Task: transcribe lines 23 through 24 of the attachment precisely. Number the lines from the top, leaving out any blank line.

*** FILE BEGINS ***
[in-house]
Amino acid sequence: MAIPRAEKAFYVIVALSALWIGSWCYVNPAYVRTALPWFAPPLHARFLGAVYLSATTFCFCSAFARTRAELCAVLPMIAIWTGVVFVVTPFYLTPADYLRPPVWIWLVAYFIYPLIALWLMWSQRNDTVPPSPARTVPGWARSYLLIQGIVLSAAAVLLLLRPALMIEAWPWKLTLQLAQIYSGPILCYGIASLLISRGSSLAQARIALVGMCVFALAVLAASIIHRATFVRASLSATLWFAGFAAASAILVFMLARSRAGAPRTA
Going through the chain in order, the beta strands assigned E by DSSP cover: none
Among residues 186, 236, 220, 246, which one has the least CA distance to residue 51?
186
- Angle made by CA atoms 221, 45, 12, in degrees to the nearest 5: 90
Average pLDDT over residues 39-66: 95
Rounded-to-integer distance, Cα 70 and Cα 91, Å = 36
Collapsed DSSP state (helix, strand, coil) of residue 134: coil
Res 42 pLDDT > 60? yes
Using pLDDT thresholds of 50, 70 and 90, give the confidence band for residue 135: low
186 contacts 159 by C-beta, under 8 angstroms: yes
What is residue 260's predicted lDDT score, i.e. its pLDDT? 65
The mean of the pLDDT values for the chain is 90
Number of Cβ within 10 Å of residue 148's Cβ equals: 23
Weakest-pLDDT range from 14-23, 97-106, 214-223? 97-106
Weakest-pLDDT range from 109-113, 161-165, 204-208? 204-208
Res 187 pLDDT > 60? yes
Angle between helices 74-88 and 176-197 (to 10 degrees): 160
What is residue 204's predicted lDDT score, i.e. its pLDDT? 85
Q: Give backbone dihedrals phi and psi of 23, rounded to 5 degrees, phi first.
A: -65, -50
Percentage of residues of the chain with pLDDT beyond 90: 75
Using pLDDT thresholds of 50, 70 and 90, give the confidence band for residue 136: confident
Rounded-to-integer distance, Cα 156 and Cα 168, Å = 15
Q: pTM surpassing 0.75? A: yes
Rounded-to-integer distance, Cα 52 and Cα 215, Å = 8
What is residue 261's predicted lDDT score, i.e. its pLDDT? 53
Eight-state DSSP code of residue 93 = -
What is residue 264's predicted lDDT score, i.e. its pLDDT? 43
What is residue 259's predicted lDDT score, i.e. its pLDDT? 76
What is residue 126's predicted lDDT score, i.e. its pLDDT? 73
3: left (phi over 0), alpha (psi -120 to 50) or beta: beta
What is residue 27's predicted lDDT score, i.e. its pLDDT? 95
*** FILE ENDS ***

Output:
Percentage of residues of the chain with pLDDT beyond 90: 75
Using pLDDT thresholds of 50, 70 and 90, give the confidence band for residue 136: confident